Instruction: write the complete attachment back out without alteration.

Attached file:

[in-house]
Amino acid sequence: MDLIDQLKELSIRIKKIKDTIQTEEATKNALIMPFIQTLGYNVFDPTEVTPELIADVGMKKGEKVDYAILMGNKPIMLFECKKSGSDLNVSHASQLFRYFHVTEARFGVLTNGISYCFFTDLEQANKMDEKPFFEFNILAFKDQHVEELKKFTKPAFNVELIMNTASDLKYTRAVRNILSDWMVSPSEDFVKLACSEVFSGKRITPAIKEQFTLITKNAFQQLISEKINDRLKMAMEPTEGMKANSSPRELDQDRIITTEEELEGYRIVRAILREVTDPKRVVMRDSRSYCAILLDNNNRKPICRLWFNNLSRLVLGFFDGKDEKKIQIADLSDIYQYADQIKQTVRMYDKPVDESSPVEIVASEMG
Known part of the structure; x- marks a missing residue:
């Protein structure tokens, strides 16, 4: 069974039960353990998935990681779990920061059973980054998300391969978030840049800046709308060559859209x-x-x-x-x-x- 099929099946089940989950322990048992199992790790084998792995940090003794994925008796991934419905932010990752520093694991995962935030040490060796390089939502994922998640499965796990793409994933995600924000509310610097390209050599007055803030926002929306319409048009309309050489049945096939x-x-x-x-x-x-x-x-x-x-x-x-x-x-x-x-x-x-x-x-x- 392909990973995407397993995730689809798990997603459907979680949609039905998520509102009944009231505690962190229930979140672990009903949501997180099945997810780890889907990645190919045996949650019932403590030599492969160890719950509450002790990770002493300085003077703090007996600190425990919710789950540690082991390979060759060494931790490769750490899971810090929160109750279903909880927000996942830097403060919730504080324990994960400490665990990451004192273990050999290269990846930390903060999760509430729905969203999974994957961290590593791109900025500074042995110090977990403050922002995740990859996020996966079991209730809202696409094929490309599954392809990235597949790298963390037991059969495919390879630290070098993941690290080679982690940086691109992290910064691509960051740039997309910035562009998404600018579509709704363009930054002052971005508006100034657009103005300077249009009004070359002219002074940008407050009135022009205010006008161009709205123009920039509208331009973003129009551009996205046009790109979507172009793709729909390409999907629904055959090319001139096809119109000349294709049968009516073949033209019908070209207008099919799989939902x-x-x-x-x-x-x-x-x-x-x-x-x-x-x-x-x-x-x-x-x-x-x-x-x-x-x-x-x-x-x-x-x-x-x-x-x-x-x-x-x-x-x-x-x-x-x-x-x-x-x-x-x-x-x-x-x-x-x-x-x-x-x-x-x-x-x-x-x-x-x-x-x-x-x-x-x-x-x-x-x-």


[in-house]
Amino acid sequence: MDLIDQLKELSIRIKKIKDTIQTEEATKNALIMPFIQTLGYNVFDPTEVTPELIADVGMKKGEKVDYAILMGNKPIMLFECKKSGSDLNVSHASQLFRYFHVTEARFGVLTNGISYCFFTDLEQANKMDEKPFFEFNILAFKDQHVEELKKFTKPAFNVELIMNTASDLKYTRAVRNILSDWMVSPSEDFVKLACSEVFSGKRITPAIKEQFTLITKNAFQQLISEKINDRLKMAMEPTEGMKANSSPRELDQDRIITTEEELEGYRIVRAILREVTDPKRVVMRDSRSYCAILLDNNNRKPICRLWFNNLSRLVLGFFDGKDEKKIQIADLSDIYQYADQIKQTVRMYDKPVDESSPVEIVASEMG
Known part of the structure; x- marks a missing residue:
């Protein structure tokens, strides 16, 4: 069974039960353990998935990681779990920061059973980054998300391969978030840049800046709308060559859209x-x-x-x-x-x- 099929099946089940989950322990048992199992790790084998792995940090003794994925008796991934419905932010990752520093694991995962935030040490060796390089939502994922998640499965796990793409994933995600924000509310610097390209050599007055803030926002929306319409048009309309050489049945096939x-x-x-x-x-x-x-x-x-x-x-x-x-x-x-x-x-x-x-x-x- 392909990973995407397993995730689809798990997603459907979680949609039905998520509102009944009231505690962190229930979140672990009903949501997180099945997810780890889907990645190919045996949650019932403590030599492969160890719950509450002790990770002493300085003077703090007996600190425990919710789950540690082991390979060759060494931790490769750490899971810090929160109750279903909880927000996942830097403060919730504080324990994960400490665990990451004192273990050999290269990846930390903060999760509430729905969203999974994957961290590593791109900025500074042995110090977990403050922002995740990859996020996966079991209730809202696409094929490309599954392809990235597949790298963390037991059969495919390879630290070098993941690290080679982690940086691109992290910064691509960051740039997309910035562009998404600018579509709704363009930054002052971005508006100034657009103005300077249009009004070359002219002074940008407050009135022009205010006008161009709205123009920039509208331009973003129009551009996205046009790109979507172009793709729909390409999907629904055959090319001139096809119109000349294709049968009516073949033209019908070209207008099919799989939902x-x-x-x-x-x-x-x-x-x-x-x-x-x-x-x-x-x-x-x-x-x-x-x-x-x-x-x-x-x-x-x-x-x-x-x-x-x-x-x-x-x-x-x-x-x-x-x-x-x-x-x-x-x-x-x-x-x-x-x-x-x-x-x-x-x-x-x-x-x-x-x-x-x-x-x-x-x-x-x-x-």